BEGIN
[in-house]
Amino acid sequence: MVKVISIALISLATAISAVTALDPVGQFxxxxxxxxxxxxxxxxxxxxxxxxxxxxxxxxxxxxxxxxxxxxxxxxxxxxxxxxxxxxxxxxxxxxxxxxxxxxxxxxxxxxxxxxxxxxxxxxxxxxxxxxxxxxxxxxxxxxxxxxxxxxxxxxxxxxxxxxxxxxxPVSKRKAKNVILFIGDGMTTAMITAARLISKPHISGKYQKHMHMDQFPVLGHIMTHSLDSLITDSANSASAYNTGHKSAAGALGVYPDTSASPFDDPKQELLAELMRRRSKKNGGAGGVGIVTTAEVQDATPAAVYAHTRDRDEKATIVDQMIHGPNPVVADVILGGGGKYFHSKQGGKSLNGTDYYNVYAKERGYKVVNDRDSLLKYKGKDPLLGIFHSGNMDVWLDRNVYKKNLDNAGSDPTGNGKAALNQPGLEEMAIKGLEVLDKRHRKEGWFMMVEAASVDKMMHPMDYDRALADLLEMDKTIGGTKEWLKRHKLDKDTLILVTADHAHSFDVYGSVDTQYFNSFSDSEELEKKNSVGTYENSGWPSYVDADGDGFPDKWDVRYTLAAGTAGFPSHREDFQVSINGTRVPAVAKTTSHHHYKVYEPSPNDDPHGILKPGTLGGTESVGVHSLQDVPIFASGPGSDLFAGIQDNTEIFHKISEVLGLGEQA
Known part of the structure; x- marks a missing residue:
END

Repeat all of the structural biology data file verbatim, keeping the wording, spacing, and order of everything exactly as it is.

[in-house]
Amino acid sequence: MVKVISIALISLATAISAVTALDPVGQFxxxxxxxxxxxxxxxxxxxxxxxxxxxxxxxxxxxxxxxxxxxxxxxxxxxxxxxxxxxxxxxxxxxxxxxxxxxxxxxxxxxxxxxxxxxxxxxxxxxxxxxxxxxxxxxxxxxxxxxxxxxxxxxxxxxxxxxxxxxxxPVSKRKAKNVILFIGDGMTTAMITAARLISKPHISGKYQKHMHMDQFPVLGHIMTHSLDSLITDSANSASAYNTGHKSAAGALGVYPDTSASPFDDPKQELLAELMRRRSKKNGGAGGVGIVTTAEVQDATPAAVYAHTRDRDEKATIVDQMIHGPNPVVADVILGGGGKYFHSKQGGKSLNGTDYYNVYAKERGYKVVNDRDSLLKYKGKDPLLGIFHSGNMDVWLDRNVYKKNLDNAGSDPTGNGKAALNQPGLEEMAIKGLEVLDKRHRKEGWFMMVEAASVDKMMHPMDYDRALADLLEMDKTIGGTKEWLKRHKLDKDTLILVTADHAHSFDVYGSVDTQYFNSFSDSEELEKKNSVGTYENSGWPSYVDADGDGFPDKWDVRYTLAAGTAGFPSHREDFQVSINGTRVPAVAKTTSHHHYKVYEPSPNDDPHGILKPGTLGGTESVGVHSLQDVPIFASGPGSDLFAGIQDNTEIFHKISEVLGLGEQA
Known part of the structure; x- marks a missing residue: